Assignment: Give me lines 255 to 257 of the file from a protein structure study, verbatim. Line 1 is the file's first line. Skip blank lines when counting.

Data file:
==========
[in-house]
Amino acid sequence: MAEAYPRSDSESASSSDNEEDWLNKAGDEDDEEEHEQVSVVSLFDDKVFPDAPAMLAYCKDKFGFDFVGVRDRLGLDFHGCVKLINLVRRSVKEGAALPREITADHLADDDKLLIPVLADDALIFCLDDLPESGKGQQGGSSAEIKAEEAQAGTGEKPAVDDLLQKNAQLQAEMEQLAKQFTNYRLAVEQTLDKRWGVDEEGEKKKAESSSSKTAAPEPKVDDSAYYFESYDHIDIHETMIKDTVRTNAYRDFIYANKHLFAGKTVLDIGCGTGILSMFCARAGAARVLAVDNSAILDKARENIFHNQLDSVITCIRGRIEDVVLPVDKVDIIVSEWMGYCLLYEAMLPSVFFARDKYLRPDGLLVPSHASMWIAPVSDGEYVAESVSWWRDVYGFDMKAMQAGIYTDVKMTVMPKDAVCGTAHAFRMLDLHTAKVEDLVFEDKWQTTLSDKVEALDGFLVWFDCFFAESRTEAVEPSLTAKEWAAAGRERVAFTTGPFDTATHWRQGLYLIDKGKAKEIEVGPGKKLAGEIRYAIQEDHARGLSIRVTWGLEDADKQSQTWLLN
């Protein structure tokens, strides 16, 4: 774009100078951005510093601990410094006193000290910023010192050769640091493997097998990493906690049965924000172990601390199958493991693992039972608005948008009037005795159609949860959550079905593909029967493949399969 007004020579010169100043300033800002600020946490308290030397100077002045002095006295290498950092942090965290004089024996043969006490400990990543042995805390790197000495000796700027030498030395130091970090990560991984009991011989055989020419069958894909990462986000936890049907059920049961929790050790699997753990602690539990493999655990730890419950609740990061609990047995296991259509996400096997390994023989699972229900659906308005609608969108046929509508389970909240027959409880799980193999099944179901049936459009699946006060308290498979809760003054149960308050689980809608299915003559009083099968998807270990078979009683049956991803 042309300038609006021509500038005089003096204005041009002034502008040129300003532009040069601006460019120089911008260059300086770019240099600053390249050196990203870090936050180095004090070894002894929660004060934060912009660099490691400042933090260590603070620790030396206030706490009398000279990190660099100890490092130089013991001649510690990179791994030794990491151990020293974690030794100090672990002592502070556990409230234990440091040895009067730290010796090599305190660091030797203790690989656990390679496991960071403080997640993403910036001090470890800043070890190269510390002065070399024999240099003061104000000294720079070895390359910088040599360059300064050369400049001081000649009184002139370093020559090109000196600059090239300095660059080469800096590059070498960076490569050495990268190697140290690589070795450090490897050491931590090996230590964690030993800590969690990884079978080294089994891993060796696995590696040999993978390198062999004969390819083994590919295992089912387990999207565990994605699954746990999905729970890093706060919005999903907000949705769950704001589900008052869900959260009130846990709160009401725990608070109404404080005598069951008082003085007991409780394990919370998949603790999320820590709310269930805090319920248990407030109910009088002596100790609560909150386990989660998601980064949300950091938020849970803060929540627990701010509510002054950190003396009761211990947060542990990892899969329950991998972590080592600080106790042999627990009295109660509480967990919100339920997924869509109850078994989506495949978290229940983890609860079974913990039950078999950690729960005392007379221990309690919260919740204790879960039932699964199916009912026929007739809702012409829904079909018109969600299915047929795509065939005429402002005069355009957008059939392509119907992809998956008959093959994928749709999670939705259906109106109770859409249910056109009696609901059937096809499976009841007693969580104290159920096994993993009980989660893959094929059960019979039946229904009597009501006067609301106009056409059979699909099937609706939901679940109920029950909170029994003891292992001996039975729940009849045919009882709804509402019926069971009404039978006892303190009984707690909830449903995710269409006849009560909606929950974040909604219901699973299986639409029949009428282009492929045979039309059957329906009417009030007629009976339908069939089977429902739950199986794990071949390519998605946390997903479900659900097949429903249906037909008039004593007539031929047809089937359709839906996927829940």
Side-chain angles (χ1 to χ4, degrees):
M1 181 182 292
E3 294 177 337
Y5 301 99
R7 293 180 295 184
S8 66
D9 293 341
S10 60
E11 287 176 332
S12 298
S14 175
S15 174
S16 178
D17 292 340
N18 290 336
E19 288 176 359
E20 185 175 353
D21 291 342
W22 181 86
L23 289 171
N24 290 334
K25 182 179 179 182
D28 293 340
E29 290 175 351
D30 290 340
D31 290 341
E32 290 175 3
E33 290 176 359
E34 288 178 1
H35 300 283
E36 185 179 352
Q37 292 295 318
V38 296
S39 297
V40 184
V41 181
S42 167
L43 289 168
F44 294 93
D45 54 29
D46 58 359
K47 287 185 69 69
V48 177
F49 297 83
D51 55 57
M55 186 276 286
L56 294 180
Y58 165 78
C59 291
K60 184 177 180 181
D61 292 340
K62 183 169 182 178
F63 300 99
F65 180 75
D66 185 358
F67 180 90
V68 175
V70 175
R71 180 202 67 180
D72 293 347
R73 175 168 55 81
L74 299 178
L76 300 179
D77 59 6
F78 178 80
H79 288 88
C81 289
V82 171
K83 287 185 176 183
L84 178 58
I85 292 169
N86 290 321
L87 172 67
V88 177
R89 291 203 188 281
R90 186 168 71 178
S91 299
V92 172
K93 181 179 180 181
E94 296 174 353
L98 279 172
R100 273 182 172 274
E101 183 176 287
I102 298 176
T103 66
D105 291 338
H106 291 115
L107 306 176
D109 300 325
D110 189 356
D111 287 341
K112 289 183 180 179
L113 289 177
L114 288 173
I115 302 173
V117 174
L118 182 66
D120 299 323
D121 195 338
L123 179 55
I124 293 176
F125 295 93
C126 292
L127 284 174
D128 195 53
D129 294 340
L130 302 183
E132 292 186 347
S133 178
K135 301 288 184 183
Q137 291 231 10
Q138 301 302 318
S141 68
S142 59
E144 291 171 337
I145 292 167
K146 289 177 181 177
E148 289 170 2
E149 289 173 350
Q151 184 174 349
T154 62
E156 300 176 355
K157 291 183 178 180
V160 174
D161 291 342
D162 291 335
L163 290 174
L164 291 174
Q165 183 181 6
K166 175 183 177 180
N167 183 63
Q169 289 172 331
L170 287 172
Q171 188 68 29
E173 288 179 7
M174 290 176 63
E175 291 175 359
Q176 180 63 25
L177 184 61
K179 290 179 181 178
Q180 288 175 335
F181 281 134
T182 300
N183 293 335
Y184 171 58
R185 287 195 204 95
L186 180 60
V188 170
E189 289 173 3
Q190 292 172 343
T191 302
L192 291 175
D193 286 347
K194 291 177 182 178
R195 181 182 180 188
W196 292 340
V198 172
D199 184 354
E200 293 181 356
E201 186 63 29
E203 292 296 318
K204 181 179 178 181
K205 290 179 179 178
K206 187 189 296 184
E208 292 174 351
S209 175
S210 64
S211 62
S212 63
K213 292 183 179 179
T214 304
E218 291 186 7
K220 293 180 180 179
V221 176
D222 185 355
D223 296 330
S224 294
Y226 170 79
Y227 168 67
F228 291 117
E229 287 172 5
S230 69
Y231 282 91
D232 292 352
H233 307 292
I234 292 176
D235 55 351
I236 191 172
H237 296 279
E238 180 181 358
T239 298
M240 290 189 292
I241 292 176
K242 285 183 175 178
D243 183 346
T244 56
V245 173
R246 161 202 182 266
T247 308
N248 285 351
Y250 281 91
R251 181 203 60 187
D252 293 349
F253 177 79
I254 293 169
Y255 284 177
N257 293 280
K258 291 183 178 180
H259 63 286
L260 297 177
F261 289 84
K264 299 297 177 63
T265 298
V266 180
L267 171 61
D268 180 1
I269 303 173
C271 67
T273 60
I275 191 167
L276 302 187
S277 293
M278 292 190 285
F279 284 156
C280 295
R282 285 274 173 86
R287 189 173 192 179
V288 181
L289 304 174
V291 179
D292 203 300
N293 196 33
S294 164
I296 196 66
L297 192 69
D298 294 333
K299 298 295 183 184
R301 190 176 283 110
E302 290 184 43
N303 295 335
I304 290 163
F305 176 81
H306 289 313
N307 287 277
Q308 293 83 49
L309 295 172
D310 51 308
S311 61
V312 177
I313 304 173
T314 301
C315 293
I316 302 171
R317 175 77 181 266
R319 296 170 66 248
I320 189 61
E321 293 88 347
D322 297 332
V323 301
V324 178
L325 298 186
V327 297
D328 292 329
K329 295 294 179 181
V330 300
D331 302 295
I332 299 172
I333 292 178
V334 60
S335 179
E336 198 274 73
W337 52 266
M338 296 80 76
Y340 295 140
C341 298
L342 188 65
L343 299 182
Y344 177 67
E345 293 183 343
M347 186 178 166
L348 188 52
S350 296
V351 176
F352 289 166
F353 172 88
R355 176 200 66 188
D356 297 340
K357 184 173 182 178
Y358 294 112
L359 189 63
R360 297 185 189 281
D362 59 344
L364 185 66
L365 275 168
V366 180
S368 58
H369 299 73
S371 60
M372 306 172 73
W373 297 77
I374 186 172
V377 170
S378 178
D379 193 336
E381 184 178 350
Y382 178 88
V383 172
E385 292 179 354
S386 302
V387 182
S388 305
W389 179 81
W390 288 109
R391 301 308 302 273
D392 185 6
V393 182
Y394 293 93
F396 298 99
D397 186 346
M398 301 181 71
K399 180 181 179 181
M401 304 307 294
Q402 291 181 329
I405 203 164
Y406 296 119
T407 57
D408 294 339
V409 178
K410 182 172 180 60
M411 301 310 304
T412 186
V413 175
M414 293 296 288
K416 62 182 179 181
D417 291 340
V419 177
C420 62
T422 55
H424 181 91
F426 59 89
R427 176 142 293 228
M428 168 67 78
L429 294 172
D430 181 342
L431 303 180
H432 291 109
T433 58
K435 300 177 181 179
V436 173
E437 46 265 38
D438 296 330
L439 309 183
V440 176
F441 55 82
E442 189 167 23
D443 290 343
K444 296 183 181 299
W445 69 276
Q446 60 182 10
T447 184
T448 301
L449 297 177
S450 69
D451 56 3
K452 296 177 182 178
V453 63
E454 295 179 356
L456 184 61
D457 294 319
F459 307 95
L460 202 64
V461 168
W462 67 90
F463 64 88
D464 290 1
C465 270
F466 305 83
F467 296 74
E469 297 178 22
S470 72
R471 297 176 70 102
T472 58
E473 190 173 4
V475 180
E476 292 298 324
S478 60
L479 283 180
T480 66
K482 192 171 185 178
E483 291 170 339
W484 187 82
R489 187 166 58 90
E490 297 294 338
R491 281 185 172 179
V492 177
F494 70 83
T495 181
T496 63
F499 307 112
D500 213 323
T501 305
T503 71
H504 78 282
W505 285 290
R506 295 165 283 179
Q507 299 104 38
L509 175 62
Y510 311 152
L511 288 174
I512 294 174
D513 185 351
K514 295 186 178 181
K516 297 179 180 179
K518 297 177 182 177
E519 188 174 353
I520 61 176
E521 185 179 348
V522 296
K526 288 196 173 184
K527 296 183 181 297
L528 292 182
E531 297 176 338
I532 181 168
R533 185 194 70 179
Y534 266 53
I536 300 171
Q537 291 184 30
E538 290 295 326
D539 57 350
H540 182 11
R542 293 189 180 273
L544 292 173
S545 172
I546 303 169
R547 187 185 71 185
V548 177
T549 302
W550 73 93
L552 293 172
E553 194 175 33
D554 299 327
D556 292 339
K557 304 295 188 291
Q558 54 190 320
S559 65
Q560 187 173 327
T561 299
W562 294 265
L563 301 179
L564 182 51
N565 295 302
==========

C315 293
I316 302 171
R317 175 77 181 266